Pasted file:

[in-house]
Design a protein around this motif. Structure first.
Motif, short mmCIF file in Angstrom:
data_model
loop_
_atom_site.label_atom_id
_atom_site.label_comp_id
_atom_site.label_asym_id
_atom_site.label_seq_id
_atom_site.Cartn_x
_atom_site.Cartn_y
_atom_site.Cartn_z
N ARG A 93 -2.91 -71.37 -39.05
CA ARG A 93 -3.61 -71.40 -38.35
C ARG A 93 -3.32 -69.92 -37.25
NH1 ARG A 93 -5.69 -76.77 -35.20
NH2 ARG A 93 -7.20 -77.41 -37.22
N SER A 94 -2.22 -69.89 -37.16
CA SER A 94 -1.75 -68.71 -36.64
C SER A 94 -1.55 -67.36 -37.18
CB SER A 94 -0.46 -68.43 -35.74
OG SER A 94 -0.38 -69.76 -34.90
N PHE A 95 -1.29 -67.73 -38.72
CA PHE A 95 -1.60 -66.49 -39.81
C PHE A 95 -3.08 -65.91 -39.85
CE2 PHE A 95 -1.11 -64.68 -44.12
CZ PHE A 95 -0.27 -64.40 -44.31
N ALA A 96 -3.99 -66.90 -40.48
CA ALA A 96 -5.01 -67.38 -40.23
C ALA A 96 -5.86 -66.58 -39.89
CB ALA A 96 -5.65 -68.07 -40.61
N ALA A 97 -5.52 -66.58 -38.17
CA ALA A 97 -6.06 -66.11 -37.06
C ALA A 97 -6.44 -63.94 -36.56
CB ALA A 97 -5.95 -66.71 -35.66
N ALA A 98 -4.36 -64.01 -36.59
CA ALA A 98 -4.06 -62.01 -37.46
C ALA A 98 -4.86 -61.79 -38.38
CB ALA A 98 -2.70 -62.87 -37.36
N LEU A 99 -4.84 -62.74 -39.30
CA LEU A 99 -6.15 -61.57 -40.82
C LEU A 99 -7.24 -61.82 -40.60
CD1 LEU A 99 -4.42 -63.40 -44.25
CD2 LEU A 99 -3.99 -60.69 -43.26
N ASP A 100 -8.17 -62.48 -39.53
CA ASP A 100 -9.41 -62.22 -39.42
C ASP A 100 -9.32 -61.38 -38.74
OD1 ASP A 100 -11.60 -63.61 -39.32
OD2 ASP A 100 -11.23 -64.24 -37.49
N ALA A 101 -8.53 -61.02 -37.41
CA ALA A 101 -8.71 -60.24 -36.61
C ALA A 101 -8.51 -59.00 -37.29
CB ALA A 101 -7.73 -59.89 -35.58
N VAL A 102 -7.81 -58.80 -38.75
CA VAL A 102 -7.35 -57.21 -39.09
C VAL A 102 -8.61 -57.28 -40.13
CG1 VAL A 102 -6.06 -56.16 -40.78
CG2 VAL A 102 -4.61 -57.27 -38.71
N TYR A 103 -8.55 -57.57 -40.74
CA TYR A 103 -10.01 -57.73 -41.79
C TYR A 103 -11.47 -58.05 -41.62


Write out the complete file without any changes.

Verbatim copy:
[in-house]
Design a protein around this motif. Structure first.
Motif, short mmCIF file in Angstrom:
data_model
loop_
_atom_site.label_atom_id
_atom_site.label_comp_id
_atom_site.label_asym_id
_atom_site.label_seq_id
_atom_site.Cartn_x
_atom_site.Cartn_y
_atom_site.Cartn_z
N ARG A 93 -2.91 -71.37 -39.05
CA ARG A 93 -3.61 -71.40 -38.35
C ARG A 93 -3.32 -69.92 -37.25
NH1 ARG A 93 -5.69 -76.77 -35.20
NH2 ARG A 93 -7.20 -77.41 -37.22
N SER A 94 -2.22 -69.89 -37.16
CA SER A 94 -1.75 -68.71 -36.64
C SER A 94 -1.55 -67.36 -37.18
CB SER A 94 -0.46 -68.43 -35.74
OG SER A 94 -0.38 -69.76 -34.90
N PHE A 95 -1.29 -67.73 -38.72
CA PHE A 95 -1.60 -66.49 -39.81
C PHE A 95 -3.08 -65.91 -39.85
CE2 PHE A 95 -1.11 -64.68 -44.12
CZ PHE A 95 -0.27 -64.40 -44.31
N ALA A 96 -3.99 -66.90 -40.48
CA ALA A 96 -5.01 -67.38 -40.23
C ALA A 96 -5.86 -66.58 -39.89
CB ALA A 96 -5.65 -68.07 -40.61
N ALA A 97 -5.52 -66.58 -38.17
CA ALA A 97 -6.06 -66.11 -37.06
C ALA A 97 -6.44 -63.94 -36.56
CB ALA A 97 -5.95 -66.71 -35.66
N ALA A 98 -4.36 -64.01 -36.59
CA ALA A 98 -4.06 -62.01 -37.46
C ALA A 98 -4.86 -61.79 -38.38
CB ALA A 98 -2.70 -62.87 -37.36
N LEU A 99 -4.84 -62.74 -39.30
CA LEU A 99 -6.15 -61.57 -40.82
C LEU A 99 -7.24 -61.82 -40.60
CD1 LEU A 99 -4.42 -63.40 -44.25
CD2 LEU A 99 -3.99 -60.69 -43.26
N ASP A 100 -8.17 -62.48 -39.53
CA ASP A 100 -9.41 -62.22 -39.42
C ASP A 100 -9.32 -61.38 -38.74
OD1 ASP A 100 -11.60 -63.61 -39.32
OD2 ASP A 100 -11.23 -64.24 -37.49
N ALA A 101 -8.53 -61.02 -37.41
CA ALA A 101 -8.71 -60.24 -36.61
C ALA A 101 -8.51 -59.00 -37.29
CB ALA A 101 -7.73 -59.89 -35.58
N VAL A 102 -7.81 -58.80 -38.75
CA VAL A 102 -7.35 -57.21 -39.09
C VAL A 102 -8.61 -57.28 -40.13
CG1 VAL A 102 -6.06 -56.16 -40.78
CG2 VAL A 102 -4.61 -57.27 -38.71
N TYR A 103 -8.55 -57.57 -40.74
CA TYR A 103 -10.01 -57.73 -41.79
C TYR A 103 -11.47 -58.05 -41.62